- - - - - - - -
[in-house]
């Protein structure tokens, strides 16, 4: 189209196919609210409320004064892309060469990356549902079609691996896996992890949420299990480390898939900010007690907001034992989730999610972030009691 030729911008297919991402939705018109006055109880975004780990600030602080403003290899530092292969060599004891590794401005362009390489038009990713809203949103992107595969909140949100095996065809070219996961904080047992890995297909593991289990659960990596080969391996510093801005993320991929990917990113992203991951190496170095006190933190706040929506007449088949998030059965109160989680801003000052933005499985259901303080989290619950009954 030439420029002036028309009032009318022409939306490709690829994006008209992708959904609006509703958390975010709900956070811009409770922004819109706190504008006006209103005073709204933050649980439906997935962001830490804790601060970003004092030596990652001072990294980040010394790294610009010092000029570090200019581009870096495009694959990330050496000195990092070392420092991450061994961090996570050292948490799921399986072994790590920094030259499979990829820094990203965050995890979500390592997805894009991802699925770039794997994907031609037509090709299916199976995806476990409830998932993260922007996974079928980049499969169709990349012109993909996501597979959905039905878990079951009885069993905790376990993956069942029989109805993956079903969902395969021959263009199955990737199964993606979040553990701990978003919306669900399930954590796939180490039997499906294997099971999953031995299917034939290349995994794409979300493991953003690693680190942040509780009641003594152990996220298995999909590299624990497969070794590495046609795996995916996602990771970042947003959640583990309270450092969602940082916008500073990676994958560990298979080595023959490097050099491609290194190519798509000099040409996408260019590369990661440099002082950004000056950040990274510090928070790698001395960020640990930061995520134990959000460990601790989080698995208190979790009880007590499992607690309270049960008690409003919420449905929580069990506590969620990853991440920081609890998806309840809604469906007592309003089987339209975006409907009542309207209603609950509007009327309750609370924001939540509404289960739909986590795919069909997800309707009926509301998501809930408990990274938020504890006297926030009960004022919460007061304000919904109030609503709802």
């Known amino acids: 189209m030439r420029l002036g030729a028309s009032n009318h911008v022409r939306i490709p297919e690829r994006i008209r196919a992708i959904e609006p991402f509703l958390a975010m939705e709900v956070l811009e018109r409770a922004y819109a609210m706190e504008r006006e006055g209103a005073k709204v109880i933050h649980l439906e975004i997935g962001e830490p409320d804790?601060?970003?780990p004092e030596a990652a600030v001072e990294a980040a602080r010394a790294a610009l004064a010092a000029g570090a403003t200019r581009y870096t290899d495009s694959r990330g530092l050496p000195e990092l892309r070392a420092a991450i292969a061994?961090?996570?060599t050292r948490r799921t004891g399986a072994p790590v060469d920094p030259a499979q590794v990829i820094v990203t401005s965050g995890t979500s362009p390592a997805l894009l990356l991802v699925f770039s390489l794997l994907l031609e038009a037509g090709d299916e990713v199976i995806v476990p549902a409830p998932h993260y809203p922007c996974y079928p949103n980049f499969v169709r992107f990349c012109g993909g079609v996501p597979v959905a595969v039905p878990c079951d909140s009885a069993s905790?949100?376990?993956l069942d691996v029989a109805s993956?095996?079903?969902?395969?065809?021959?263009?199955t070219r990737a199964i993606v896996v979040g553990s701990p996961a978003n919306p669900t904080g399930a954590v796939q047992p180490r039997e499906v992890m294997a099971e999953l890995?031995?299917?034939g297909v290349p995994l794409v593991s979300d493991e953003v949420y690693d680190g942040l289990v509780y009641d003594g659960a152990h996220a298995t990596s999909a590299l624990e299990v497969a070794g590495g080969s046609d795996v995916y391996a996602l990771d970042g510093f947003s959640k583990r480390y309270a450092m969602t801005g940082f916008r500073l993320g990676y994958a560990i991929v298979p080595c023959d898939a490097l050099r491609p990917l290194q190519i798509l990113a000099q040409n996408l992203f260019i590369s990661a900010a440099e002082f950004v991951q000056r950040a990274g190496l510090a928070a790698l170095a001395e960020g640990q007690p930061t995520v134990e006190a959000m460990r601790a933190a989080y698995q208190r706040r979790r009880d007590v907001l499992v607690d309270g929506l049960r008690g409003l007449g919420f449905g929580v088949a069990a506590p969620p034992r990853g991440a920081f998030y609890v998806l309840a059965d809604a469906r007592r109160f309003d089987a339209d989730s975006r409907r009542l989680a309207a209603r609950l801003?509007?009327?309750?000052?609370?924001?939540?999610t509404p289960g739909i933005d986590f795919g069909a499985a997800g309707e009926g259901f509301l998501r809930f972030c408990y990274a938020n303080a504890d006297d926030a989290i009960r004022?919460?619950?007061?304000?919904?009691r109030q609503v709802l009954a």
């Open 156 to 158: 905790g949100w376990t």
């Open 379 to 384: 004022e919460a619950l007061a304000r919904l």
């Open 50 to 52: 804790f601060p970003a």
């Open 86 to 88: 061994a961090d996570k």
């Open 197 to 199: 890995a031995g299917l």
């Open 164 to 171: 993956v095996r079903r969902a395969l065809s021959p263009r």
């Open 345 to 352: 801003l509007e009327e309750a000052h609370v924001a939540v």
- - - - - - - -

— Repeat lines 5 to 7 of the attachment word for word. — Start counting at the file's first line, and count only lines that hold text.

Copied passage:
């Open 379 to 384: 004022e919460a619950l007061a304000r919904l």
């Open 50 to 52: 804790f601060p970003a």
């Open 86 to 88: 061994a961090d996570k």